Call for Papers on Creative Youth Development in Afterschool Education
December 12, 2018
We are seeking articles for future issues of Afterschool Matters, a peer-reviewed journal dedicated to promoting professionalism, scholarship, and consciousness in afterschool education. Published by the National Institute on Out-of-School-Time (NIOST) with legacy support from the Robert Bowne Foundation, Afterschool Matters serves practitioners who work with youth in out-of-school time (OST) programs, as well as researchers and policymakers in youth development.
The Spring 2020 issue will include a focus on creative youth development. CYD is a new term for a longstanding theory of practice that integrates creative skill building, inquiry, and expression with positive youth development principles, fueling young people’s imaginations and building critical learning and life skills. See creativeyouthdevelopment.org.
Suggested topics for papers include:
- Descriptions, research, and analyses of OST programs and initiatives that use CYD to support learning
- Cultivation of creativity, social and emotional competencies, or leadership skills among CYD program participants
- Key aspects that define the CYD framework
- The role of teaching artists in CYD programs; innovative practices of teaching artists
- How CYD programs engage in holistic approaches and trauma-informed practice
- Family engagement in CYD programs
- Peer and adult mentoring in CYD programs
- Insights on supporting CYD program alumni to assume staff and leadership roles
- School-community partnerships that have supported CYD
- Workforce development partnerships and initiatives in CYD programs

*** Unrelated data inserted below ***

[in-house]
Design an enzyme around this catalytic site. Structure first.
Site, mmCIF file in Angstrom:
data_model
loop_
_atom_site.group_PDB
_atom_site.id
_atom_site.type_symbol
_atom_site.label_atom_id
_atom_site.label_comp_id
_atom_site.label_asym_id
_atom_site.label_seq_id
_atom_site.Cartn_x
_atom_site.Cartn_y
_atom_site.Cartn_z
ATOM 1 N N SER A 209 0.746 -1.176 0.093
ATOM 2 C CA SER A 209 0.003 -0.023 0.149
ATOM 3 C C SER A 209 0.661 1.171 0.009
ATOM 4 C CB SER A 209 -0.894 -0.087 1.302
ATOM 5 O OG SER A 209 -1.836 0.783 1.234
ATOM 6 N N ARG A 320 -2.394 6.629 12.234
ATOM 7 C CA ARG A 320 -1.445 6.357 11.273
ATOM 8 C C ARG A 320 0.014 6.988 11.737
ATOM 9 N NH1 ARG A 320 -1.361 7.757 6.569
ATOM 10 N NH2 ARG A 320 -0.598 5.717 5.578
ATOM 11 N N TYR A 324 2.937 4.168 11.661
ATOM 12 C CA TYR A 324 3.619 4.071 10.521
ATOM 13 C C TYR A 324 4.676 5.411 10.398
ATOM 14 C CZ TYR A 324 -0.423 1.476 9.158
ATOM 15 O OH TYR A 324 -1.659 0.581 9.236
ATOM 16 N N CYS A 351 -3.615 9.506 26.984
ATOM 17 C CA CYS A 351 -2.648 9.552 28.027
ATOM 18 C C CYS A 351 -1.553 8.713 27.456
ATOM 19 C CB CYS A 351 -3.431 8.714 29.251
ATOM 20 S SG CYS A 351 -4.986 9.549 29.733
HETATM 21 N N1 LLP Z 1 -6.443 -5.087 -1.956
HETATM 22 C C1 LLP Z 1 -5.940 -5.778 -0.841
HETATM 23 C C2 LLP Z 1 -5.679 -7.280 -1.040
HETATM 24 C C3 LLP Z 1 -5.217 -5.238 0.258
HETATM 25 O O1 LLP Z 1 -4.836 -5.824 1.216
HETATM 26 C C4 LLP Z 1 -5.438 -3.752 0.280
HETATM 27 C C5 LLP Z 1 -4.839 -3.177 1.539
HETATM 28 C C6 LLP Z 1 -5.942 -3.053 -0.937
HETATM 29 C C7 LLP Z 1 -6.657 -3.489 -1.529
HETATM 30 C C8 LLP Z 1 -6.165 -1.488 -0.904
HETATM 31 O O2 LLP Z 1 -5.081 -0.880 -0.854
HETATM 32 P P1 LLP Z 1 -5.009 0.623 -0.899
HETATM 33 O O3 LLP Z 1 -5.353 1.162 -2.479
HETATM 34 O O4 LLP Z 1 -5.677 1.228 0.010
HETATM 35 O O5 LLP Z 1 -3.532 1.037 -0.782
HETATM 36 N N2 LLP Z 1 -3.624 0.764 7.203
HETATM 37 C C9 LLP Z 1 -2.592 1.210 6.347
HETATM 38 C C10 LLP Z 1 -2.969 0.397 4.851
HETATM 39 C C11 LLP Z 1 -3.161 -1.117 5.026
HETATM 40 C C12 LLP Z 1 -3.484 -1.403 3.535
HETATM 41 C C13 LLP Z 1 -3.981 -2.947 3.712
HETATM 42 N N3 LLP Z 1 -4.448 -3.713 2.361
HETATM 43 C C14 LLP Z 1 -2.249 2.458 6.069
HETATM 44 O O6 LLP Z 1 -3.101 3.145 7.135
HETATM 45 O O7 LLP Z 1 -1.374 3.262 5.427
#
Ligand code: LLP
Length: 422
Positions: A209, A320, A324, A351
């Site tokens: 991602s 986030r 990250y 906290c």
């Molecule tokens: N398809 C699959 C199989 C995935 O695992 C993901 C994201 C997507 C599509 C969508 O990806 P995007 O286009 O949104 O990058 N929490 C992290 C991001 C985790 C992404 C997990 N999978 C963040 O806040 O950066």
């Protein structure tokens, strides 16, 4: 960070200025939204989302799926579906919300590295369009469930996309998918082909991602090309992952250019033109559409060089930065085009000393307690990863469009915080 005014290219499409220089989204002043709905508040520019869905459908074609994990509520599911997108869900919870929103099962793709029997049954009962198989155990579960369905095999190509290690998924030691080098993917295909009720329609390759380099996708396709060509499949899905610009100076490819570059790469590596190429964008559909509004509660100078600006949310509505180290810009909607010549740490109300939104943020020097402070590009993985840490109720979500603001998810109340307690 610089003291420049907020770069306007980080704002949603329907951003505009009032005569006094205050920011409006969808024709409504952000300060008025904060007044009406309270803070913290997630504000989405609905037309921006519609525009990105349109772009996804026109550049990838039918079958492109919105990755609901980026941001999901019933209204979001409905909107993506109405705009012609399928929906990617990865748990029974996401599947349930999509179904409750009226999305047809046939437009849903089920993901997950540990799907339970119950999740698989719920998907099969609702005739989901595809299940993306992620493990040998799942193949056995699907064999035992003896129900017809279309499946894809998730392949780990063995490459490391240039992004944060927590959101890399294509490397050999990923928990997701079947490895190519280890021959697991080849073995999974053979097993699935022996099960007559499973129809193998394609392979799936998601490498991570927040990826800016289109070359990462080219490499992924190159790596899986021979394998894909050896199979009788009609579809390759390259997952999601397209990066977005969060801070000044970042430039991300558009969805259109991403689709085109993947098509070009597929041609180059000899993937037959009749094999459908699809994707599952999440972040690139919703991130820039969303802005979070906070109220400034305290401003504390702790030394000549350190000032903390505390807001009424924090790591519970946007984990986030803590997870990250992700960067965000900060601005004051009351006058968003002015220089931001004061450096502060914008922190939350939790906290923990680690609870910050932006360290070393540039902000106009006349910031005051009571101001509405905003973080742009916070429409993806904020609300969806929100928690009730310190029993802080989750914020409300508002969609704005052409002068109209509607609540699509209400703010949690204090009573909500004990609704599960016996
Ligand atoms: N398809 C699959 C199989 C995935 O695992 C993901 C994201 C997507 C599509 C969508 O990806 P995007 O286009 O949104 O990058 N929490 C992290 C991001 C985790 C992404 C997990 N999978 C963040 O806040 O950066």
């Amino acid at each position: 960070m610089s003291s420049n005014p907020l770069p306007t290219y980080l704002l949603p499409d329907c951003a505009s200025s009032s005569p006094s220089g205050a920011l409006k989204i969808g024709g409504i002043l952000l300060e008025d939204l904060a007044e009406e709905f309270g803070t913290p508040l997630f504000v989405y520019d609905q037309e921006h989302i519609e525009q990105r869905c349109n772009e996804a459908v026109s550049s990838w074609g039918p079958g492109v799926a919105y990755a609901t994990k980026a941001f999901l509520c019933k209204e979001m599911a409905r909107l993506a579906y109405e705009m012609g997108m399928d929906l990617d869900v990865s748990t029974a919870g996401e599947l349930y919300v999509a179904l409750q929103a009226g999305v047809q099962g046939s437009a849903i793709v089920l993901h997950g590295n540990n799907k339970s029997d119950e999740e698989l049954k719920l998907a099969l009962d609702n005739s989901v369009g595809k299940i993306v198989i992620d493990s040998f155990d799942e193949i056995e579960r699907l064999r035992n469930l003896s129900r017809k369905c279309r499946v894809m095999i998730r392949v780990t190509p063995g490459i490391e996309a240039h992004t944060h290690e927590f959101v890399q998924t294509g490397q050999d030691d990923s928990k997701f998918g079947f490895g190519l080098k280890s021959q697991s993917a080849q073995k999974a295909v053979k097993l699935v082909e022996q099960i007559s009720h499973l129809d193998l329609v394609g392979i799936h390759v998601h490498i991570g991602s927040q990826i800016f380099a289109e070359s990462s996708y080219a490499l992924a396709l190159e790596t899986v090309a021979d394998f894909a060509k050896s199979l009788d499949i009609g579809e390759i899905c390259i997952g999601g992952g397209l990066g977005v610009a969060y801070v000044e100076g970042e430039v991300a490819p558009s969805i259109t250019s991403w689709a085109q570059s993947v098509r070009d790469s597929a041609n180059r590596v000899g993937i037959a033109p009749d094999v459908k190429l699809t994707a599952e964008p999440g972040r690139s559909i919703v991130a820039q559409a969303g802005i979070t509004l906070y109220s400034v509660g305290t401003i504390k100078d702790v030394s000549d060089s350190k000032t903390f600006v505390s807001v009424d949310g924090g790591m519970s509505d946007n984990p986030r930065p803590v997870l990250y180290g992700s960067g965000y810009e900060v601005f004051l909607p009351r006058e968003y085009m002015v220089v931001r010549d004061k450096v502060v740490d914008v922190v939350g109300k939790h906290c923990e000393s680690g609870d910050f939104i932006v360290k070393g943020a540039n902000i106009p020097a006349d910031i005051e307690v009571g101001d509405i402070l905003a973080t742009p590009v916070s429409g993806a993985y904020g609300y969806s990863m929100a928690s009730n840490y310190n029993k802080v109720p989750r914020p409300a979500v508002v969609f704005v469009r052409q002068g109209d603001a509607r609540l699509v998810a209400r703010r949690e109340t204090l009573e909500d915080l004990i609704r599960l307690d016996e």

- CYD and social justice, youth voice, or media literacy
- Strategies for increasing the number of communities or programs using the CYD framework
- Personal or inspirational CYD-focused essays for our section “Voices from the Field”
For consideration for the Spring 2020 issue, submit your article no later than May 25, 2019 to
- Submit your article electronically in Microsoft Word or rich text format. Submission should not exceed 5,000 words. Use 12-point Times New Roman font, double-spaced, with one-inch margins on all sides. Leave the right-hand margin ragged (unjustified), and number pages starting with the first page of text (not the title page, which should be a separate document).
- Include a separate cover sheet with the manuscript title, authors’ names and affiliations, and the lead author’s phone number and e-mail address.
- The names of the authors should not appear in the text, as submissions are reviewed anonymously by peers.
- Follow the Publication Manual of the American Psychological Association, 6th edition (2009), for reference style guidelines. Present important information in the text and do not use extensive footnotes.
We welcome inquiries about possible article topics. To discuss your ideas, please contact:
Georgia Hall, PhD
Director & Senior Research Scientist
National Institute on Out-of-School Time